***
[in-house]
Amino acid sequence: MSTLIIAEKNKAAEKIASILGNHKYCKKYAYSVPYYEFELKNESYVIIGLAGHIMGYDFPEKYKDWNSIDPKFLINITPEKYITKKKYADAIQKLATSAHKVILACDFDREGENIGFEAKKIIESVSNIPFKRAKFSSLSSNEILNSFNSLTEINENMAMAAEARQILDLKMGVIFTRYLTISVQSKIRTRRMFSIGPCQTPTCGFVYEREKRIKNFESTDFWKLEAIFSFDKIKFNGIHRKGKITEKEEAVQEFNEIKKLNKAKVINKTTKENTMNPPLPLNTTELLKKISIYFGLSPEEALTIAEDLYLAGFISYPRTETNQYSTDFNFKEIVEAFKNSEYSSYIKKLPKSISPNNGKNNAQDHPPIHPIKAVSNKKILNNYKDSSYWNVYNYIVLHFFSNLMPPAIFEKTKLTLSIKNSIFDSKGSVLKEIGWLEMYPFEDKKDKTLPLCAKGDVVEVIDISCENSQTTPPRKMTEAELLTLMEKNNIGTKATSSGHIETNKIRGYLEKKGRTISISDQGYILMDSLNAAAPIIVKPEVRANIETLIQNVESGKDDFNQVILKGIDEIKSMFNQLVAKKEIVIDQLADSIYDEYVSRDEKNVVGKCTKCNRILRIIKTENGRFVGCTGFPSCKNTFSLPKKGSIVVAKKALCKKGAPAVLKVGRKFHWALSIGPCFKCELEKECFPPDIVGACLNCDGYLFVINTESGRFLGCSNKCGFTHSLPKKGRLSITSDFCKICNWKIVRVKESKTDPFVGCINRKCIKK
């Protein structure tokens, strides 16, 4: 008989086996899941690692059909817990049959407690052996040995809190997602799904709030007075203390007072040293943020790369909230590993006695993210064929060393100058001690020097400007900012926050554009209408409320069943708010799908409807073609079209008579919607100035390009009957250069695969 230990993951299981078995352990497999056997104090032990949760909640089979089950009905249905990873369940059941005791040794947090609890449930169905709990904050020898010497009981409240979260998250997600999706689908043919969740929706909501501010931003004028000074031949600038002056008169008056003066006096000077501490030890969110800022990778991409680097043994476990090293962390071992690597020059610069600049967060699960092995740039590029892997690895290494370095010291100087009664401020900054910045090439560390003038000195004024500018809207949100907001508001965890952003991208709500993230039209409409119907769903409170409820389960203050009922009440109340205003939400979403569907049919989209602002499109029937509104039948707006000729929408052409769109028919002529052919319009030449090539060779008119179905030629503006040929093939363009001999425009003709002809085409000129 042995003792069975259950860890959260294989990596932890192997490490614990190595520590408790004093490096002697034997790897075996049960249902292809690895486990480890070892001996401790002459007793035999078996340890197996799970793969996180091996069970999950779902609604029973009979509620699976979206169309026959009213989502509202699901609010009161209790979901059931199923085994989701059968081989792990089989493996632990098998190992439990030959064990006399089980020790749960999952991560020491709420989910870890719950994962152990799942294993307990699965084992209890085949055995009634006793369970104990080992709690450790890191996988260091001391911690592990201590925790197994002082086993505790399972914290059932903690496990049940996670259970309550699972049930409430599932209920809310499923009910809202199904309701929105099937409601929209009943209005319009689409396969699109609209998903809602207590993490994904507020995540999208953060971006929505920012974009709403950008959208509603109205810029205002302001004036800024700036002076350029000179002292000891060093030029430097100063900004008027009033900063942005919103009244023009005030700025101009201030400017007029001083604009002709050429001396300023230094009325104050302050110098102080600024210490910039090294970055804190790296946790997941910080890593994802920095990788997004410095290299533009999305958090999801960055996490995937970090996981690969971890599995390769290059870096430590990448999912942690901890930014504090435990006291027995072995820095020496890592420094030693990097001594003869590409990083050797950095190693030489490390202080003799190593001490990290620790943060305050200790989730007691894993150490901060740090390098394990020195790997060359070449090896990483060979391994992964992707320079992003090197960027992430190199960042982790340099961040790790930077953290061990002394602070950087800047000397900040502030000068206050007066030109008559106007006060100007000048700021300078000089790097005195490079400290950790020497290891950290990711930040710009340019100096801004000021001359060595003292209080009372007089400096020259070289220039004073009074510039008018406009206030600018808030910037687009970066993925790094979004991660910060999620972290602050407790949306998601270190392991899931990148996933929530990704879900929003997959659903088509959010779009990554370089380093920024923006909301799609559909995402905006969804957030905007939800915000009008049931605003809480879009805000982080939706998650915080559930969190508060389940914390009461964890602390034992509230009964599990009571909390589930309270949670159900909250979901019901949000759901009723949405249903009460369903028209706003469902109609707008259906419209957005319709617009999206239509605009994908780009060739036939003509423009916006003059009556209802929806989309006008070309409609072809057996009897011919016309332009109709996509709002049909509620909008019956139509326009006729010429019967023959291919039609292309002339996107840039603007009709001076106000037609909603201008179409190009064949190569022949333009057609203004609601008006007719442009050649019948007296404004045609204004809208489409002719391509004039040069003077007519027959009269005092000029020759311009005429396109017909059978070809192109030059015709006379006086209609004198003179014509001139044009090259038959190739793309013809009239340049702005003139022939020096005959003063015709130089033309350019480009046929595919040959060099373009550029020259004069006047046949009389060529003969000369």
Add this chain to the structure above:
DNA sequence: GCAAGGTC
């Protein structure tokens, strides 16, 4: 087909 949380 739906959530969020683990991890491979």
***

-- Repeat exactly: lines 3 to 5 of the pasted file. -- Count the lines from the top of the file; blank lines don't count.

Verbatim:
């Protein structure tokens, strides 16, 4: 008989086996899941690692059909817990049959407690052996040995809190997602799904709030007075203390007072040293943020790369909230590993006695993210064929060393100058001690020097400007900012926050554009209408409320069943708010799908409807073609079209008579919607100035390009009957250069695969 230990993951299981078995352990497999056997104090032990949760909640089979089950009905249905990873369940059941005791040794947090609890449930169905709990904050020898010497009981409240979260998250997600999706689908043919969740929706909501501010931003004028000074031949600038002056008169008056003066006096000077501490030890969110800022990778991409680097043994476990090293962390071992690597020059610069600049967060699960092995740039590029892997690895290494370095010291100087009664401020900054910045090439560390003038000195004024500018809207949100907001508001965890952003991208709500993230039209409409119907769903409170409820389960203050009922009440109340205003939400979403569907049919989209602002499109029937509104039948707006000729929408052409769109028919002529052919319009030449090539060779008119179905030629503006040929093939363009001999425009003709002809085409000129 042995003792069975259950860890959260294989990596932890192997490490614990190595520590408790004093490096002697034997790897075996049960249902292809690895486990480890070892001996401790002459007793035999078996340890197996799970793969996180091996069970999950779902609604029973009979509620699976979206169309026959009213989502509202699901609010009161209790979901059931199923085994989701059968081989792990089989493996632990098998190992439990030959064990006399089980020790749960999952991560020491709420989910870890719950994962152990799942294993307990699965084992209890085949055995009634006793369970104990080992709690450790890191996988260091001391911690592990201590925790197994002082086993505790399972914290059932903690496990049940996670259970309550699972049930409430599932209920809310499923009910809202199904309701929105099937409601929209009943209005319009689409396969699109609209998903809602207590993490994904507020995540999208953060971006929505920012974009709403950008959208509603109205810029205002302001004036800024700036002076350029000179002292000891060093030029430097100063900004008027009033900063942005919103009244023009005030700025101009201030400017007029001083604009002709050429001396300023230094009325104050302050110098102080600024210490910039090294970055804190790296946790997941910080890593994802920095990788997004410095290299533009999305958090999801960055996490995937970090996981690969971890599995390769290059870096430590990448999912942690901890930014504090435990006291027995072995820095020496890592420094030693990097001594003869590409990083050797950095190693030489490390202080003799190593001490990290620790943060305050200790989730007691894993150490901060740090390098394990020195790997060359070449090896990483060979391994992964992707320079992003090197960027992430190199960042982790340099961040790790930077953290061990002394602070950087800047000397900040502030000068206050007066030109008559106007006060100007000048700021300078000089790097005195490079400290950790020497290891950290990711930040710009340019100096801004000021001359060595003292209080009372007089400096020259070289220039004073009074510039008018406009206030600018808030910037687009970066993925790094979004991660910060999620972290602050407790949306998601270190392991899931990148996933929530990704879900929003997959659903088509959010779009990554370089380093920024923006909301799609559909995402905006969804957030905007939800915000009008049931605003809480879009805000982080939706998650915080559930969190508060389940914390009461964890602390034992509230009964599990009571909390589930309270949670159900909250979901019901949000759901009723949405249903009460369903028209706003469902109609707008259906419209957005319709617009999206239509605009994908780009060739036939003509423009916006003059009556209802929806989309006008070309409609072809057996009897011919016309332009109709996509709002049909509620909008019956139509326009006729010429019967023959291919039609292309002339996107840039603007009709001076106000037609909603201008179409190009064949190569022949333009057609203004609601008006007719442009050649019948007296404004045609204004809208489409002719391509004039040069003077007519027959009269005092000029020759311009005429396109017909059978070809192109030059015709006379006086209609004198003179014509001139044009090259038959190739793309013809009239340049702005003139022939020096005959003063015709130089033309350019480009046929595919040959060099373009550029020259004069006047046949009389060529003969000369």
Add this chain to the structure above:
DNA sequence: GCAAGGTC